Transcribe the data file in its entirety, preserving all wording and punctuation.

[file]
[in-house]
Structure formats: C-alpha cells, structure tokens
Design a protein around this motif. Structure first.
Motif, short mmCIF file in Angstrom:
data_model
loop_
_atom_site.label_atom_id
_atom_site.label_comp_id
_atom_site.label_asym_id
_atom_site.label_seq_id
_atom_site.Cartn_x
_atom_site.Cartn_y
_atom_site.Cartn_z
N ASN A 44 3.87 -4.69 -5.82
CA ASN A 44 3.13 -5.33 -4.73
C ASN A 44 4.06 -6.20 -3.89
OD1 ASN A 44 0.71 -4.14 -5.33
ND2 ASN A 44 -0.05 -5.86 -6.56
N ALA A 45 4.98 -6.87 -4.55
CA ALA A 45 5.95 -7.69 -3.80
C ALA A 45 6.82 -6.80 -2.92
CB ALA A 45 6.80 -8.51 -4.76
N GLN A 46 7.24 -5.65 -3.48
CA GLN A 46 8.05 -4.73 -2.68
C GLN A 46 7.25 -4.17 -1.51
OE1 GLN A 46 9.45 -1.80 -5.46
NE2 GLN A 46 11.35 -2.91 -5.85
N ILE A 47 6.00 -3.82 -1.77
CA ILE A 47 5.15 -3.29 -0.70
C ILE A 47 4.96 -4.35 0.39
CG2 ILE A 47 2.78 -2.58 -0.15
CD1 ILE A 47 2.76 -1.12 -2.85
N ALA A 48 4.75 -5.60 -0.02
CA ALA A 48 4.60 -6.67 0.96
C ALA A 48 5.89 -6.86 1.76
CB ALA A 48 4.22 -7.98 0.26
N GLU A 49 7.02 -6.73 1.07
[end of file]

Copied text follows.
[in-house]
Structure formats: C-alpha cells, structure tokens
Design a protein around this motif. Structure first.
Motif, short mmCIF file in Angstrom:
data_model
loop_
_atom_site.label_atom_id
_atom_site.label_comp_id
_atom_site.label_asym_id
_atom_site.label_seq_id
_atom_site.Cartn_x
_atom_site.Cartn_y
_atom_site.Cartn_z
N ASN A 44 3.87 -4.69 -5.82
CA ASN A 44 3.13 -5.33 -4.73
C ASN A 44 4.06 -6.20 -3.89
OD1 ASN A 44 0.71 -4.14 -5.33
ND2 ASN A 44 -0.05 -5.86 -6.56
N ALA A 45 4.98 -6.87 -4.55
CA ALA A 45 5.95 -7.69 -3.80
C ALA A 45 6.82 -6.80 -2.92
CB ALA A 45 6.80 -8.51 -4.76
N GLN A 46 7.24 -5.65 -3.48
CA GLN A 46 8.05 -4.73 -2.68
C GLN A 46 7.25 -4.17 -1.51
OE1 GLN A 46 9.45 -1.80 -5.46
NE2 GLN A 46 11.35 -2.91 -5.85
N ILE A 47 6.00 -3.82 -1.77
CA ILE A 47 5.15 -3.29 -0.70
C ILE A 47 4.96 -4.35 0.39
CG2 ILE A 47 2.78 -2.58 -0.15
CD1 ILE A 47 2.76 -1.12 -2.85
N ALA A 48 4.75 -5.60 -0.02
CA ALA A 48 4.60 -6.67 0.96
C ALA A 48 5.89 -6.86 1.76
CB ALA A 48 4.22 -7.98 0.26
N GLU A 49 7.02 -6.73 1.07